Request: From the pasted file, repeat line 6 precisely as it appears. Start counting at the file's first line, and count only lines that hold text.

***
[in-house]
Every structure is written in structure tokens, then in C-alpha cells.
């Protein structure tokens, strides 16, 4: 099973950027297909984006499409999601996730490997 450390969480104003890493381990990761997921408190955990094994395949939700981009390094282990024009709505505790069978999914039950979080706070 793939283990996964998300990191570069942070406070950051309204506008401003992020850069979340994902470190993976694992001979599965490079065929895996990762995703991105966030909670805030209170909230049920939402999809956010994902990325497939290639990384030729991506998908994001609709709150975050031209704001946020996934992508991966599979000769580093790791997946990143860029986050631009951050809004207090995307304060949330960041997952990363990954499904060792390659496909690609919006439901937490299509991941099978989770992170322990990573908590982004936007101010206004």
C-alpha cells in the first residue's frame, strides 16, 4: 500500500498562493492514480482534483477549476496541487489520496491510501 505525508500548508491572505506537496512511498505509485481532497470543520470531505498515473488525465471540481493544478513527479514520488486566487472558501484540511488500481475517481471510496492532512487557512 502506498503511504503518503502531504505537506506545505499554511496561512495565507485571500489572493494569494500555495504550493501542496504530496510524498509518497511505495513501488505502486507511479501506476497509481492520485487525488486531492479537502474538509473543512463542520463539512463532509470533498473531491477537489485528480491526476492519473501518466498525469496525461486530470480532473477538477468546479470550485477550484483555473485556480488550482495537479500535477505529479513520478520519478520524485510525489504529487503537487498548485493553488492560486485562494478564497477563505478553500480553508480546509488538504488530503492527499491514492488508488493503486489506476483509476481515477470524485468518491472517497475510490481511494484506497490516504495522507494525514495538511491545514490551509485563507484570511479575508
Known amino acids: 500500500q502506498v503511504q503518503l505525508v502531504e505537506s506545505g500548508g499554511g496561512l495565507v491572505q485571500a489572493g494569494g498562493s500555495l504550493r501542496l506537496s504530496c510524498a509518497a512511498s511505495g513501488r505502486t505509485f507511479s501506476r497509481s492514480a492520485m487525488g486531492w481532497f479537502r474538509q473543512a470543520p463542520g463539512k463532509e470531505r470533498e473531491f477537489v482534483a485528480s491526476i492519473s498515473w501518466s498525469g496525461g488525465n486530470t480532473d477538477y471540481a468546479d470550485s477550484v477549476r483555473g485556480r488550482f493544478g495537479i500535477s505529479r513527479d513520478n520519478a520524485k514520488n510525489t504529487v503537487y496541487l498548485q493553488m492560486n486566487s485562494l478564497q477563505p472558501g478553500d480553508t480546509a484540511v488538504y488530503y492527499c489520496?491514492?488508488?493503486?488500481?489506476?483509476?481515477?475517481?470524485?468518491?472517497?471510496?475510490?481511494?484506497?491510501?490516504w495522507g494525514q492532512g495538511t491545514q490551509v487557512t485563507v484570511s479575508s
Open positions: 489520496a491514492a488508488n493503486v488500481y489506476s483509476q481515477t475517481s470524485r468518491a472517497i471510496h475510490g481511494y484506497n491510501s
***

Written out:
Open positions: 489520496a491514492a488508488n493503486v488500481y489506476s483509476q481515477t475517481s470524485r468518491a472517497i471510496h475510490g481511494y484506497n491510501s